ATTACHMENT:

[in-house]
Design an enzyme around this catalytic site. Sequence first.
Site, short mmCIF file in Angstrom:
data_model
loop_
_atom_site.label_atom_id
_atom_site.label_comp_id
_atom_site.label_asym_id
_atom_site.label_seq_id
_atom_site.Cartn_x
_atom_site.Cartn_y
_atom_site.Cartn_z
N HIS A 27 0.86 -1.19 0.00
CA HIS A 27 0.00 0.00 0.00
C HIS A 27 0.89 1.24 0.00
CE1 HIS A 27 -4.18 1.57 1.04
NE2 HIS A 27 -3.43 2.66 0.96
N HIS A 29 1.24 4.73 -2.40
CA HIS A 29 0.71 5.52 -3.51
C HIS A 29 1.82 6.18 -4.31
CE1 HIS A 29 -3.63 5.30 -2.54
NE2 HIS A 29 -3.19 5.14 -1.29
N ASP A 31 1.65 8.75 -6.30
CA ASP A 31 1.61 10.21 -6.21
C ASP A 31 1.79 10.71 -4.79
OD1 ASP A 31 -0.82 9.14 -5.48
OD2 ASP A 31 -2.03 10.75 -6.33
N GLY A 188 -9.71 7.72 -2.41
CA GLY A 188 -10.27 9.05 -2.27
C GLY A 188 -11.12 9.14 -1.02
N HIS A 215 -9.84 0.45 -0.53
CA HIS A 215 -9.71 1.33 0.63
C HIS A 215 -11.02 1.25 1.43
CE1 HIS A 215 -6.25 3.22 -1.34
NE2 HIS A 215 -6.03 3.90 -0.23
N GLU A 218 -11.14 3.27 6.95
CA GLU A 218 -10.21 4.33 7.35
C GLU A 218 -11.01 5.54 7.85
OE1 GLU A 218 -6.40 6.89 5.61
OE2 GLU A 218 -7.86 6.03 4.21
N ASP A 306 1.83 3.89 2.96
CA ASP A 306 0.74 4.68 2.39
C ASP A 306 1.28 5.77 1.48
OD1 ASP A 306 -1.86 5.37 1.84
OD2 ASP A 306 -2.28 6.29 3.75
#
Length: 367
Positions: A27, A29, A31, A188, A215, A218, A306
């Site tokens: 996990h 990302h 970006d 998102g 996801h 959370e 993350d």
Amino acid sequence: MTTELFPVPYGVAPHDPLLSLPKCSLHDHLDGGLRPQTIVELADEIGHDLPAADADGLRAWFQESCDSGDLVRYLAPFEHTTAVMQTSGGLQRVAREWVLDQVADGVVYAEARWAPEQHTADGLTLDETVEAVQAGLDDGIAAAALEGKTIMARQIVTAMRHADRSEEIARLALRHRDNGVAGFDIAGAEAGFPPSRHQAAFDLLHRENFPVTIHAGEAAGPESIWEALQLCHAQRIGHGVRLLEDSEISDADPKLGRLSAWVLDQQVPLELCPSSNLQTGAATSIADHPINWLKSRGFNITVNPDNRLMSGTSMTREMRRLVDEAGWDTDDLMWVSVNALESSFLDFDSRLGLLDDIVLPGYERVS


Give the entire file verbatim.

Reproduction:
[in-house]
Design an enzyme around this catalytic site. Sequence first.
Site, short mmCIF file in Angstrom:
data_model
loop_
_atom_site.label_atom_id
_atom_site.label_comp_id
_atom_site.label_asym_id
_atom_site.label_seq_id
_atom_site.Cartn_x
_atom_site.Cartn_y
_atom_site.Cartn_z
N HIS A 27 0.86 -1.19 0.00
CA HIS A 27 0.00 0.00 0.00
C HIS A 27 0.89 1.24 0.00
CE1 HIS A 27 -4.18 1.57 1.04
NE2 HIS A 27 -3.43 2.66 0.96
N HIS A 29 1.24 4.73 -2.40
CA HIS A 29 0.71 5.52 -3.51
C HIS A 29 1.82 6.18 -4.31
CE1 HIS A 29 -3.63 5.30 -2.54
NE2 HIS A 29 -3.19 5.14 -1.29
N ASP A 31 1.65 8.75 -6.30
CA ASP A 31 1.61 10.21 -6.21
C ASP A 31 1.79 10.71 -4.79
OD1 ASP A 31 -0.82 9.14 -5.48
OD2 ASP A 31 -2.03 10.75 -6.33
N GLY A 188 -9.71 7.72 -2.41
CA GLY A 188 -10.27 9.05 -2.27
C GLY A 188 -11.12 9.14 -1.02
N HIS A 215 -9.84 0.45 -0.53
CA HIS A 215 -9.71 1.33 0.63
C HIS A 215 -11.02 1.25 1.43
CE1 HIS A 215 -6.25 3.22 -1.34
NE2 HIS A 215 -6.03 3.90 -0.23
N GLU A 218 -11.14 3.27 6.95
CA GLU A 218 -10.21 4.33 7.35
C GLU A 218 -11.01 5.54 7.85
OE1 GLU A 218 -6.40 6.89 5.61
OE2 GLU A 218 -7.86 6.03 4.21
N ASP A 306 1.83 3.89 2.96
CA ASP A 306 0.74 4.68 2.39
C ASP A 306 1.28 5.77 1.48
OD1 ASP A 306 -1.86 5.37 1.84
OD2 ASP A 306 -2.28 6.29 3.75
#
Length: 367
Positions: A27, A29, A31, A188, A215, A218, A306
């Site tokens: 996990h 990302h 970006d 998102g 996801h 959370e 993350d």
Amino acid sequence: MTTELFPVPYGVAPHDPLLSLPKCSLHDHLDGGLRPQTIVELADEIGHDLPAADADGLRAWFQESCDSGDLVRYLAPFEHTTAVMQTSGGLQRVAREWVLDQVADGVVYAEARWAPEQHTADGLTLDETVEAVQAGLDDGIAAAALEGKTIMARQIVTAMRHADRSEEIARLALRHRDNGVAGFDIAGAEAGFPPSRHQAAFDLLHRENFPVTIHAGEAAGPESIWEALQLCHAQRIGHGVRLLEDSEISDADPKLGRLSAWVLDQQVPLELCPSSNLQTGAATSIADHPINWLKSRGFNITVNPDNRLMSGTSMTREMRRLVDEAGWDTDDLMWVSVNALESSFLDFDSRLGLLDDIVLPGYERVS